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caught out on Melbourne's wheel
January 11, 2009 .
PERHAPS it was the balmy summer afternoon. Or the thrill of
getting hot and heavy high above the city rooftops. Whatever the
trigger, this couple (picture above) obviously found the view
from the Southern Star last Thursday not nearly so tantalising
as the sights on offer inside their glass capsule.
After a cursory glance at the city's expanding skyline, the
couple embraced passionately before moving their 120-metre-high
public display of affection to the carriage's wooden bench.
Unaware that Sunday Age photographer Ken Irwin — and no doubt
other patrons on the slowly revolving giant wheel — had spied
them, the pair gave the bench, and each other, a full workout.
A CCTV camera — each capsule is fitted with one — would also
have captured their sexy romp.
The Southern Star's chairman Fred Maybury laughed when told of
the incident. "I suppose it had to happen," he said.
When Britain's giant wheel, the London Eye, opened in January
2000 it took until July before the first couple — a pair of
17-year-olds — was caught in the act, sparking tabloid headlines
such as "Mile Eye Club".
The Eye's operators immediately banned couples from taking trips
on their own, but Mr Maybury has ruled out such a ban on the
"There are definitely no plans to stop couples from enjoying
flights together at this stage," he said.
In fact, the wheel's operators are unlikely to turn anyone away,
with visitor numbers already well below anticipated levels.
Projections by the wheel's owners that 1.5 million people will
pay to take a "flight" on the wheel each year now seem ambitious
according to one worker. "We're not as busy as we hoped we'd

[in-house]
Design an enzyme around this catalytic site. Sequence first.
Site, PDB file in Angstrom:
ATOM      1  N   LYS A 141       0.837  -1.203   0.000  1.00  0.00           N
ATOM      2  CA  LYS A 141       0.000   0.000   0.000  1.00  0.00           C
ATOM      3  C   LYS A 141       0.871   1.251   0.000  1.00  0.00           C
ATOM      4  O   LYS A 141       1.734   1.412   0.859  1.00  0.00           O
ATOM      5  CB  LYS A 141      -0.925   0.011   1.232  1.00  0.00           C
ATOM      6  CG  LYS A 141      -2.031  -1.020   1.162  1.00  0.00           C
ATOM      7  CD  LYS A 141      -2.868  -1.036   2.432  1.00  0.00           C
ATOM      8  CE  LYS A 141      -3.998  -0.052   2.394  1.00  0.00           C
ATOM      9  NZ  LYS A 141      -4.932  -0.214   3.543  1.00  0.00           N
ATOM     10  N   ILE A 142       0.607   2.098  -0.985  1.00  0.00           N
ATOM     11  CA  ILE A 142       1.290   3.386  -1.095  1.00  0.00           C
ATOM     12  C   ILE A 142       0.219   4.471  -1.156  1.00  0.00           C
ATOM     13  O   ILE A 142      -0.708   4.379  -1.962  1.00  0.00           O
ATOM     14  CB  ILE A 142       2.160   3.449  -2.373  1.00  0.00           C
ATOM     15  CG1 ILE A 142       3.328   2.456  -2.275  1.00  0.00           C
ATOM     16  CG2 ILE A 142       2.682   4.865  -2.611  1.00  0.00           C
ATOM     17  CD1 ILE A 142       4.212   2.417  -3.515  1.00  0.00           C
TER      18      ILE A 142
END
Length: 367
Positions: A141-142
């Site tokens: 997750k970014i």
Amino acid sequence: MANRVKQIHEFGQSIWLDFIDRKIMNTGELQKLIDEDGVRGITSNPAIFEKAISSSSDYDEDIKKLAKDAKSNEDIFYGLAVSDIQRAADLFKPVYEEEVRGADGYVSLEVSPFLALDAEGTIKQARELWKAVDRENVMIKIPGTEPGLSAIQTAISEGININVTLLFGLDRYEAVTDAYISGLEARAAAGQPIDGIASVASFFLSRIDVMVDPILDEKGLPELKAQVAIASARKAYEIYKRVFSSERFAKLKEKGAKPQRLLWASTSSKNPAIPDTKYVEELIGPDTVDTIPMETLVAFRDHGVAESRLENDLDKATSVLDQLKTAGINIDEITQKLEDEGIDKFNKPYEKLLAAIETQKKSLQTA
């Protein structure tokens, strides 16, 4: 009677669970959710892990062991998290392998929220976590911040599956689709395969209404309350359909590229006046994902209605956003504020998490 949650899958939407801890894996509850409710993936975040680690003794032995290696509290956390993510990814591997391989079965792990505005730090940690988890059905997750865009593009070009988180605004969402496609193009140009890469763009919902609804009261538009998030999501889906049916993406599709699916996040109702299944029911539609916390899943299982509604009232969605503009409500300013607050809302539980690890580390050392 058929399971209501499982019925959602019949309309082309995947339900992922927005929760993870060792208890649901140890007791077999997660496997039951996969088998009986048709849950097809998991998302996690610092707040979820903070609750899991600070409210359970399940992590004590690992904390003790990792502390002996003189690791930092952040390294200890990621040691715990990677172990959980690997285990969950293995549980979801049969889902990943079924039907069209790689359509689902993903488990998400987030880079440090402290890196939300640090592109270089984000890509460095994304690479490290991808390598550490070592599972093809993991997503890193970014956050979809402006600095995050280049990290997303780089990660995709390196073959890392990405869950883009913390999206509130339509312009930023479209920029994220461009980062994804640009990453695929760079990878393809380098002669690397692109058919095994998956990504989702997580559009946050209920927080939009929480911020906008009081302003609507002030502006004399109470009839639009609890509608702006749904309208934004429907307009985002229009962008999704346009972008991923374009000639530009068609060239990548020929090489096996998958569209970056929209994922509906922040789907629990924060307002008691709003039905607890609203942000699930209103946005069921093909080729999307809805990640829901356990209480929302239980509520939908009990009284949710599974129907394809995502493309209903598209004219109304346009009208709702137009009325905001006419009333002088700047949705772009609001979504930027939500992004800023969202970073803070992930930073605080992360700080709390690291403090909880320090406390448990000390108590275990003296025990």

be," she said.
"If you come early in the morning or late in the evening it's
very quiet, with the wheel running well below capacity.
"Considering it's the school holidays, which should be the
busiest time of the year, it's a bit disappointing."
The Sunday Age visited the wheel thrice last week and on each
occasion the number of passengers was well below the 342 per
hour needed to reach the 1.5 million projection.
On a balmy Thursday evening, just 72 people took a flight on the
wheel between 6.30pm and 7.30pm. At one stage 12 of the wheel's
21 pods were empty.
The Southern Star's owners refuse to say how many customers they
have had since the $100 million attraction opened but insist
they are satisfied with the numbers. Mr Maybury said demand from
locals had been strong but "it will take time to build up the
numbers from people interstate and overseas".
The Southern Star's owners claim that 20 per cent of visitors
will be locals, 30 per cent Victorians from outside Melbourne,
30 per cent from interstate and 20 per cent from overseas.
If the Southern Star were to reach its annual visitor
projections of 1.5 million it would double the numbers of
Melbourne's other main attractions. Both the Melbourne Museum
and the aquarium had just under 750,000 visitors during 2007.
Tourism expert Professor Brian King of Victoria University
believes that the wheel's delayed opening may have contributed
to lower visitor numbers.
The opening initially was planned to coincide with the 2006
Commonwealth Games but was repeatedly pushed back.
"With any big new tourist development it's important to generate
momentum with the expectation about its opening," Professor King
"The London Eye was opened by Tony Blair on (millennium) New
Year's Eve and it became a global event in itself."
He said he had no doubt Melbourne's wheel would develop an
international profile in time.